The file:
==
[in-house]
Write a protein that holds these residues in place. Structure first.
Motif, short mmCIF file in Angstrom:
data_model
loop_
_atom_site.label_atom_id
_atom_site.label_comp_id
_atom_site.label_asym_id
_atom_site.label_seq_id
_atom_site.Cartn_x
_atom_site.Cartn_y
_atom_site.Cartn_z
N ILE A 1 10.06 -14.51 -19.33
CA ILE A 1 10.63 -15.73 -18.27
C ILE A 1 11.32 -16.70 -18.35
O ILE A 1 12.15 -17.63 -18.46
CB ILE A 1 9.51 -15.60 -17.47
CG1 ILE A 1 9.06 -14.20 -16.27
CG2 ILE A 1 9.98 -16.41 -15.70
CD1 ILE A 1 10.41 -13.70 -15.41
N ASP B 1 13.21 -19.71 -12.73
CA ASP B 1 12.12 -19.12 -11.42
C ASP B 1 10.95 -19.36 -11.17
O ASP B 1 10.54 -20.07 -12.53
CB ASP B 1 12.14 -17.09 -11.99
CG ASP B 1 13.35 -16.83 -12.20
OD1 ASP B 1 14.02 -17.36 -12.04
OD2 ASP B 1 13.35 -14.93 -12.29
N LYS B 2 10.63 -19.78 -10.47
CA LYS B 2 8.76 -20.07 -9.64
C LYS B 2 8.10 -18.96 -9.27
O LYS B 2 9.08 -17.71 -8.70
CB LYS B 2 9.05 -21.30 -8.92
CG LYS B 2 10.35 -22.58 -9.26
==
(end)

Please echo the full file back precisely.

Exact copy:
[in-house]
Write a protein that holds these residues in place. Structure first.
Motif, short mmCIF file in Angstrom:
data_model
loop_
_atom_site.label_atom_id
_atom_site.label_comp_id
_atom_site.label_asym_id
_atom_site.label_seq_id
_atom_site.Cartn_x
_atom_site.Cartn_y
_atom_site.Cartn_z
N ILE A 1 10.06 -14.51 -19.33
CA ILE A 1 10.63 -15.73 -18.27
C ILE A 1 11.32 -16.70 -18.35
O ILE A 1 12.15 -17.63 -18.46
CB ILE A 1 9.51 -15.60 -17.47
CG1 ILE A 1 9.06 -14.20 -16.27
CG2 ILE A 1 9.98 -16.41 -15.70
CD1 ILE A 1 10.41 -13.70 -15.41
N ASP B 1 13.21 -19.71 -12.73
CA ASP B 1 12.12 -19.12 -11.42
C ASP B 1 10.95 -19.36 -11.17
O ASP B 1 10.54 -20.07 -12.53
CB ASP B 1 12.14 -17.09 -11.99
CG ASP B 1 13.35 -16.83 -12.20
OD1 ASP B 1 14.02 -17.36 -12.04
OD2 ASP B 1 13.35 -14.93 -12.29
N LYS B 2 10.63 -19.78 -10.47
CA LYS B 2 8.76 -20.07 -9.64
C LYS B 2 8.10 -18.96 -9.27
O LYS B 2 9.08 -17.71 -8.70
CB LYS B 2 9.05 -21.30 -8.92
CG LYS B 2 10.35 -22.58 -9.26